A couple of years ago Alabama disassociated the booster from the program after he sold lots of player autographs. Alabama argued -- wink and nod -- that the players had no idea their autographs were being sold.
In its letter disassociating him from the program Alabama instructed Al-betar as follows, "You should refrain from obtaining any items of memorabilia from our student-athletes, including used equipment and apparel. You should also refrain from obtaining autographs from our student-athletes when they are in your store."
Despite Alabama's hectoring letter, Al-betar didn't just "refrain from obtaining any items of memorabilia from our student-athletes," he opened a memorabilia store designed to sell these objects!
AJ's in at least 13 or 14 different outfits, meaning he made a regular habit of signing autographs and hanging out in a mall store that then sold his autographs.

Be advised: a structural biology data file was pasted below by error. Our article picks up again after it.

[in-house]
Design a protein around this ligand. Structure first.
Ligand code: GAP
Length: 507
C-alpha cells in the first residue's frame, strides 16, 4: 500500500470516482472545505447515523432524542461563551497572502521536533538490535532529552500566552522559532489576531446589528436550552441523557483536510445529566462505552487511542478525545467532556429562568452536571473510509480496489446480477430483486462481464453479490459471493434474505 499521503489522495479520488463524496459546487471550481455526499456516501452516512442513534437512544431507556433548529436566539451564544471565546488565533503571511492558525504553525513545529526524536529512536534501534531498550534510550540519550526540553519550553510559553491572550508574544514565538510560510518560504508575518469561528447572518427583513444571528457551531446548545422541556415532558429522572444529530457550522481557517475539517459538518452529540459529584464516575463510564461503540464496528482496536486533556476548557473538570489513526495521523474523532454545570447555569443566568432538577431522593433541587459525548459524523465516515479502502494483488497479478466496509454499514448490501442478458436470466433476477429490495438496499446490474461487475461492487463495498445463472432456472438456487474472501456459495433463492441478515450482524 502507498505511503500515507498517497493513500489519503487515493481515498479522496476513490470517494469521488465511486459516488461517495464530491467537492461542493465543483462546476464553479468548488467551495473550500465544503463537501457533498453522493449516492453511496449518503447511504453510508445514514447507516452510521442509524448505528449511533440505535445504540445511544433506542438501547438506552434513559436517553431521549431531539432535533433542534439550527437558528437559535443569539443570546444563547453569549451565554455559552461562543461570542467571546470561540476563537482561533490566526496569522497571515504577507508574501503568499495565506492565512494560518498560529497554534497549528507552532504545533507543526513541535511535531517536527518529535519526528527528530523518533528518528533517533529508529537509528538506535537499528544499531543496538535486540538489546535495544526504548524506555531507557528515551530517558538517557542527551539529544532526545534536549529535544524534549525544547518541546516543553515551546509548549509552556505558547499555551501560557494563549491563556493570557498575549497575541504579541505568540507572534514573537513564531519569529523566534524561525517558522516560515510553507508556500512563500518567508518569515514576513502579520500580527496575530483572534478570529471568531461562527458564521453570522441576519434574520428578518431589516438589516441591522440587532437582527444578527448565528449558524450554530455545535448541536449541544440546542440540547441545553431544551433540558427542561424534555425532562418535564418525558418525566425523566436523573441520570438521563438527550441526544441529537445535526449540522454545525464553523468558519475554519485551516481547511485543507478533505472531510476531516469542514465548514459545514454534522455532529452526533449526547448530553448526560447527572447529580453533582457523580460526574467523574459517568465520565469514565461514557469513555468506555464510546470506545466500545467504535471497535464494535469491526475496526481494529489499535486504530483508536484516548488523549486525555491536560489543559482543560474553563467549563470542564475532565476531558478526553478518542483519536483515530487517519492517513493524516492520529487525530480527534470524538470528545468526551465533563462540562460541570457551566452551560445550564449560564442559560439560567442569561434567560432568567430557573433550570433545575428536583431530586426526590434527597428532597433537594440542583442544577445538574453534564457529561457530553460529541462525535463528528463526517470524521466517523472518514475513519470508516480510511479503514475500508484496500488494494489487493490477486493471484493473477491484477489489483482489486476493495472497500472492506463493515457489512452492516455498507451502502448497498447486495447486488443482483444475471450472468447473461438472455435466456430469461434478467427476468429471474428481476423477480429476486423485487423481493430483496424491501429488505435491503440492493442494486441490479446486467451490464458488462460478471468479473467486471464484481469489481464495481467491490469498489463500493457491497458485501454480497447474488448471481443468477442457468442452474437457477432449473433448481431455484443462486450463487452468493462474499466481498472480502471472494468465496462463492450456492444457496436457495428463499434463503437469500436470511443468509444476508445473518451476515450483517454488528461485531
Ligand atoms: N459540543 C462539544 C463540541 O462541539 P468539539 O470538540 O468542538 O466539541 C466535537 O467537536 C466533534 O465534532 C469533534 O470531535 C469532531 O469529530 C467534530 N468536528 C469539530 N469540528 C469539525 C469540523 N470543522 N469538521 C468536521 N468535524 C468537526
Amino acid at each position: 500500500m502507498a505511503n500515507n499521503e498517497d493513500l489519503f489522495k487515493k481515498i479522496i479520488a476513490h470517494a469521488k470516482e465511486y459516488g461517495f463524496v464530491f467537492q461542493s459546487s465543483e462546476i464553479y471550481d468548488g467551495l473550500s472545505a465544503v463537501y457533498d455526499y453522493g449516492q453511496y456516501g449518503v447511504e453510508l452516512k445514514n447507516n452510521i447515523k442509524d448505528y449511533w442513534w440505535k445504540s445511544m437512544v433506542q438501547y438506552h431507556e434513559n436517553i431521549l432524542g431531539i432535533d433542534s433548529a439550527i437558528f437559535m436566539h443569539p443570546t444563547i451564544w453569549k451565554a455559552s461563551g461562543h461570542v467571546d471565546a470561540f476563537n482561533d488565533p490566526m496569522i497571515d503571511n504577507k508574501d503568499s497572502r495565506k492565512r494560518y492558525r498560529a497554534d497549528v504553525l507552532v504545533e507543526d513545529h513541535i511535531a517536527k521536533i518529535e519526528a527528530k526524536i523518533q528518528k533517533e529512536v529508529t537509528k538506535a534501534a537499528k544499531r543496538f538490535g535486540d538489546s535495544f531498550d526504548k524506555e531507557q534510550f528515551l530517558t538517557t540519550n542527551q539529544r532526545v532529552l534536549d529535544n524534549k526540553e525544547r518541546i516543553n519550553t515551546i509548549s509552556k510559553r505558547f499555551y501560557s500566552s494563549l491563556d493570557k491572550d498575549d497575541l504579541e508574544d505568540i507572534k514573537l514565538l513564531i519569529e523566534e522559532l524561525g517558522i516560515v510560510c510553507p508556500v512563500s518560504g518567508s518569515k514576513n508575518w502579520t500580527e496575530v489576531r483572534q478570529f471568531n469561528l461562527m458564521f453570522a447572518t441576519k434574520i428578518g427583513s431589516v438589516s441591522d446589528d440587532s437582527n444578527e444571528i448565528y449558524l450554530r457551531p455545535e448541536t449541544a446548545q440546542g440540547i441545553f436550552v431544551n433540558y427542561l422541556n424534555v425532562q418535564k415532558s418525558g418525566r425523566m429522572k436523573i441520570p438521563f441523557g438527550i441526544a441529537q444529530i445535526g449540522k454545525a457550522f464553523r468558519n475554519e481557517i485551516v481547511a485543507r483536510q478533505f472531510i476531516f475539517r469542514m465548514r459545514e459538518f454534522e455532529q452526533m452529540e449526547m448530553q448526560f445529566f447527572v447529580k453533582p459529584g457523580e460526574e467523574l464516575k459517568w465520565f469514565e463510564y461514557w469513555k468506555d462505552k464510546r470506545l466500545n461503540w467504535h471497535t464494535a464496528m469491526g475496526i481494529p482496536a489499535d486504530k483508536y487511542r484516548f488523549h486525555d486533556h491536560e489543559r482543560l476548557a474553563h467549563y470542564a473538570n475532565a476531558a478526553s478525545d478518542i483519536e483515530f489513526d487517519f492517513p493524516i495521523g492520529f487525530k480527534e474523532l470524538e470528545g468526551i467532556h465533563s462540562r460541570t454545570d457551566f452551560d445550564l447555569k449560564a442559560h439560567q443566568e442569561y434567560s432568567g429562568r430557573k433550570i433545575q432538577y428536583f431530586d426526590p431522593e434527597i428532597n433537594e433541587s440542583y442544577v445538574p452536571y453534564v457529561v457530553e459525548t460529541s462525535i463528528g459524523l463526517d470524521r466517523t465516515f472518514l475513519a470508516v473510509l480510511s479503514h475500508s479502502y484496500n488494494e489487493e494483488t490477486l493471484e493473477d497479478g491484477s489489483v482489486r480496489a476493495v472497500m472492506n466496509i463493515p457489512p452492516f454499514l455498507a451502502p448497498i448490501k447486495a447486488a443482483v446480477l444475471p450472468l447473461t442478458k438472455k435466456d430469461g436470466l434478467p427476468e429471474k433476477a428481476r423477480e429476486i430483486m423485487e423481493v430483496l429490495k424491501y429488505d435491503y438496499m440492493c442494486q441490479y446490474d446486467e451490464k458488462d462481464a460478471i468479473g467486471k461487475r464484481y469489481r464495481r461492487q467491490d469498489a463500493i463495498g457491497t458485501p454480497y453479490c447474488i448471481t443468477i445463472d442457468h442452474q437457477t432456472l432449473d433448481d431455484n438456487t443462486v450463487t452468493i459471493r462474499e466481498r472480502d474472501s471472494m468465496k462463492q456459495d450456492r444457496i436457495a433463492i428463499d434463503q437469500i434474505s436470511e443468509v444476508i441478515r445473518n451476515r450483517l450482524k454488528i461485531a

He even brought his mom by.
That's completely normal, right?
I mean, raise your hand if you weren't friends with an old guy who ran a mall store while you were in college.
There's nothing to see here at all.
Move right along.
Alabama's compliance office has got this covered.
They're on it, guys.
Look, I don't begrudge any player getting paid for his autograph, but if you don't think it's hysterical that a mall-store owner in Tuscaloosa holds Nick Saban's entire legacy in the palm of his hand, you aren't a college football fan.
If Al-betar ever talked, Nick Saban's dynasty would be a smoldering pile of ruins.
Indeed, Al-betar may be the only guy in Tuscaloosa who doesn't give a damn what Nick Saban says. (That's probably why the players like him.) Because he's still hanging out with players and violating NCAA rules by having current players sign jerseys, cleats, wrist bands, and gloves that they know will then be sold.
God bless you, Tom, I'm actually becoming a fan of yours. Unlike the NCAA, at least you're paying the players for their work.
But I think it's definitely time for Alabama to send him another letter.